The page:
The crisis of 1881
The 1881 epidemic severely tested the MAB's resources. By May there were 300 new cases each week, and an estimated 300 patients had already died at home because of the shortage of hospital places.
The three remaining hospitals were soon full. The old Dreadnought was no longer available, so the MAB set up a temporary tent hospital for recovering patients in the grounds of its Asylum at Darenth, near Dartford.
The Atlas hospital ship
In the same month, the MAB obtained a floating hospital for acute cases. This was the Atlas, a 91-gun battleship built in 1860.
|The Atlas. © NMM|
The Atlas had had an uneventful career - she was never fitted out for use at sea. However, she was about to begin a vital role that lasted for 20 years.
The MAB obtained another elderly warship to house the administration and stores. She was the Endymion, a frigate launched at Deptford in 1865.
|HMS Endymion rounding the Horn in the first Flying Squadron. © NMM|
She had enjoyed a more interesting career, having served in the Mediterranean and visited Australia with the famous Flying Squadron of 1869-71.
The move to Deptford
The MAB originally wanted the Atlas to be in Halfway Reach, near Dagenham. The Port of London Sanitary Authority agreed, but the Thames Conservancy, who were responsible for the river, insisted on using moorings off Deptford Creek. This was close to where the Dreadnought had lain.
|The smallpox hulks in Deptford Creek. © NMM|
In early July the ships were brought to Greenwich, and the Atlas received her first patients on 13 July.
The ships in service
|A surreal view of the Atlas in Long Reach. © NMM|
By this time the epidemic was subsiding, but on average 30 people were still falling ill each day.
With 120 beds and extra space for special cases, the Atlas relieved the pressure on the other MAB hospitals.
Between July 1881 and the end of the epidemic in August 1882, she received 979 patients. 120 of these died.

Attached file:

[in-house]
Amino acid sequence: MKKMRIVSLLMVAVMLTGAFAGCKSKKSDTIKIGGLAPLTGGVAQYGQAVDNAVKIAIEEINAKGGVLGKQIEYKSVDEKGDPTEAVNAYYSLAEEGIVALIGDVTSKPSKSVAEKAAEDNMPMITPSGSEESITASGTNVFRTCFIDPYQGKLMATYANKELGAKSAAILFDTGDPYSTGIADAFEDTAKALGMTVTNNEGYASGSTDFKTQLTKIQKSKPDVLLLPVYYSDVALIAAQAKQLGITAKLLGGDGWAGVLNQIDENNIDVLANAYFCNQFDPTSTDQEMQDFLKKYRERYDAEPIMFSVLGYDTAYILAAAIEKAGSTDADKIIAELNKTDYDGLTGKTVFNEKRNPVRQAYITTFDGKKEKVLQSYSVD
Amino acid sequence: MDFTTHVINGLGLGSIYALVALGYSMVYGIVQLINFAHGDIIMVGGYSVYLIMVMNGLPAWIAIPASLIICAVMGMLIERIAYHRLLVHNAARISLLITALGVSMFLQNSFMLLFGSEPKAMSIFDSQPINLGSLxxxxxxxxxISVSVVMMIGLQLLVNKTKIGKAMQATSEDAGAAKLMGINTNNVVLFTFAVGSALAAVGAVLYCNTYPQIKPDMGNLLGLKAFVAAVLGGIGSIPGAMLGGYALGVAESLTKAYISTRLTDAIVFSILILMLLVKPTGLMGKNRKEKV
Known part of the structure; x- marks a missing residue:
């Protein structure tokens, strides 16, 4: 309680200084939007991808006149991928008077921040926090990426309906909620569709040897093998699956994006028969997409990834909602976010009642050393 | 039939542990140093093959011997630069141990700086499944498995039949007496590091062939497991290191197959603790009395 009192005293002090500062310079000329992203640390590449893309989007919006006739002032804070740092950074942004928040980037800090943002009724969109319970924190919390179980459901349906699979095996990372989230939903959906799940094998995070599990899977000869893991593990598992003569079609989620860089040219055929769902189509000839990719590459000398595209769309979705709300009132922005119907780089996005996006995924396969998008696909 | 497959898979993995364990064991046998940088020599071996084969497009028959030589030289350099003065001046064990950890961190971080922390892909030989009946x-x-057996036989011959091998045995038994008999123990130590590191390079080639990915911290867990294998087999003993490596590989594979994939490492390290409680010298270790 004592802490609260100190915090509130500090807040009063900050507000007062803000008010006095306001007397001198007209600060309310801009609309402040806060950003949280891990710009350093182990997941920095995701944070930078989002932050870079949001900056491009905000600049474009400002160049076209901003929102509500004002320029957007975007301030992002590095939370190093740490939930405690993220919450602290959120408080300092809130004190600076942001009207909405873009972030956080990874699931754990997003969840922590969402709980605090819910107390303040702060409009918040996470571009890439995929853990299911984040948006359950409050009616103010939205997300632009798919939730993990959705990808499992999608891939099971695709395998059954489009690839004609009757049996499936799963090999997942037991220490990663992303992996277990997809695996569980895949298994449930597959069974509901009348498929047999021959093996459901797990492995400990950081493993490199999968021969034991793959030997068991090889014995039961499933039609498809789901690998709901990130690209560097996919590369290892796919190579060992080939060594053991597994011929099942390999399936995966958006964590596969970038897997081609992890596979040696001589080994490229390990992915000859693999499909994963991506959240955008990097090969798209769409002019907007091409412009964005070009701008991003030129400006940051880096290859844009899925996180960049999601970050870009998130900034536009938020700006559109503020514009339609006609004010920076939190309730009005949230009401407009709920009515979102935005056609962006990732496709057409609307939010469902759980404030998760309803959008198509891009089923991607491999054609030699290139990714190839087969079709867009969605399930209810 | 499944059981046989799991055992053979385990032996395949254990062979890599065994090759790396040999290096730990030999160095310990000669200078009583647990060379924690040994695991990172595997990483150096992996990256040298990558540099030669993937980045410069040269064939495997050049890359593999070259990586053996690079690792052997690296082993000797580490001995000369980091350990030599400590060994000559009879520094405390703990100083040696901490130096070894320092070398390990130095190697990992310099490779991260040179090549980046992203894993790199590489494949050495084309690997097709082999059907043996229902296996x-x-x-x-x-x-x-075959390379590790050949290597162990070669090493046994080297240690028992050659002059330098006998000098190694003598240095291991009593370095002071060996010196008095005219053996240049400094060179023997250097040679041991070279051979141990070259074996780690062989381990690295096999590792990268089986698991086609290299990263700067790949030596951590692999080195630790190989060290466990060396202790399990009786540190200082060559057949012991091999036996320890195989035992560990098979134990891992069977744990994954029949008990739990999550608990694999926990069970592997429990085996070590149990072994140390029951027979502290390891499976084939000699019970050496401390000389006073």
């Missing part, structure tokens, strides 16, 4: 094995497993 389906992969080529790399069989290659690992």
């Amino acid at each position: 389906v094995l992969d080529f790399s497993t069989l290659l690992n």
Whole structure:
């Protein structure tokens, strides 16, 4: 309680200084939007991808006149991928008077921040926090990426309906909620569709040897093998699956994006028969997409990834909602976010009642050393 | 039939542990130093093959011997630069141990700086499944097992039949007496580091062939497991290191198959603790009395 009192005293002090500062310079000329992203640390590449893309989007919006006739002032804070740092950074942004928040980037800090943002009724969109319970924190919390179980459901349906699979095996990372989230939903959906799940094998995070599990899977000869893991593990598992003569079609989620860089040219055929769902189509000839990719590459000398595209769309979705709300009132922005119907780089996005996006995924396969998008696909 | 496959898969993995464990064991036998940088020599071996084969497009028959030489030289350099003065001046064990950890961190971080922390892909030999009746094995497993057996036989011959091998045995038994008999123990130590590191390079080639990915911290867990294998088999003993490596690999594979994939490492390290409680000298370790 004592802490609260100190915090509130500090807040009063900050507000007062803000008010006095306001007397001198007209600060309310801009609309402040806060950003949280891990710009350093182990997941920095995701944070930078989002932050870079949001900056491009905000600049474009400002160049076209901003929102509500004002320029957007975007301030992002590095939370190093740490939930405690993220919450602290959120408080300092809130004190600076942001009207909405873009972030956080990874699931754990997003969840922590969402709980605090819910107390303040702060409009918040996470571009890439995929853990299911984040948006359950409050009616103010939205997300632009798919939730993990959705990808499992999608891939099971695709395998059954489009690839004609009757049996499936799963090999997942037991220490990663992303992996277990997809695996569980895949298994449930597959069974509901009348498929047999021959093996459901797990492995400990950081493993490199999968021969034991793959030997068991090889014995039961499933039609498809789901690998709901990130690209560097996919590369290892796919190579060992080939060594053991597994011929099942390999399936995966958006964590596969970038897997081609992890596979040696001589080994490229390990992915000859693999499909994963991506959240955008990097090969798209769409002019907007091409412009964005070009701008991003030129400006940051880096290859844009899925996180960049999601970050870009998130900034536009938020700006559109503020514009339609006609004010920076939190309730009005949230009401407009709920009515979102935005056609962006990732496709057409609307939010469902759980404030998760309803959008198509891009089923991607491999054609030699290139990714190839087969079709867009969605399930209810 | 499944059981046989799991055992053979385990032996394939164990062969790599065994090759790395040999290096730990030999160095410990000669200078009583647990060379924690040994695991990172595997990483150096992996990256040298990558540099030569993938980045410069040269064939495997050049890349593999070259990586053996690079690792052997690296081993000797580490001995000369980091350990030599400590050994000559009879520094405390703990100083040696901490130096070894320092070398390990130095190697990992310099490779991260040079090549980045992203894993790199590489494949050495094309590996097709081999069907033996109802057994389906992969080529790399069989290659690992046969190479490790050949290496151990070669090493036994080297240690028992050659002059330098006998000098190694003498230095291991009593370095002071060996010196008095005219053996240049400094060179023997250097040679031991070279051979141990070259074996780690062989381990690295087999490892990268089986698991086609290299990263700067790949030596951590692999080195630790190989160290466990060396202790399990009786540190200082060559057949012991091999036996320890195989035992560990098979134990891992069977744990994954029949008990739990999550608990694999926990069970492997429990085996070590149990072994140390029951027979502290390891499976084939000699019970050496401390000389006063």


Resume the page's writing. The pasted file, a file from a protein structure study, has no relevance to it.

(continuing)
|An aerial view of Deptford Creek. © NMM|
The last patients left in August 1882, and the ships were removed from their moorings off Deptford Creek. They had made many new enemies in the area.
John Rennie of the nearby Marine Engine Works complained about the inconvenience. The owner of the Victoria Shipbuilding Yard and Docks threatened to sue the MAB because he could not let his premises.
In spite of such upsets, the MAB was pleased with the hospital ships and decided to keep them. However, they had to go out to Long Reach, a desolate stretch of the Thames 27 kilometres (17 miles) down river from London Bridge.
|The Castalia hospital ship. © NMM|
The MAB acquired a very unusual vessel to join the other two – the twin-hulled paddle steamer Castalia. She had been built at the Thames Ironworks in 1874.
She had been designed to work in the English Channel, but had proved unsuitable. She had been moored up at Galleons Reach for several years.
Once at Long Reach, she was fitted with five ward blocks. These made her look more like a floating street than a ship.
Out at Long Reach
|A long-range view of the smallpox ships. © NMM|
The ships stayed at Long Reach until 1902. Being so isolated, they were happily out of sight and out of mind for ordinary Londoners.
However, they were a very prominent feature on the Thames. For vessels coming into the port of London, they were a powerful reminder of the continuing threat of smallpox.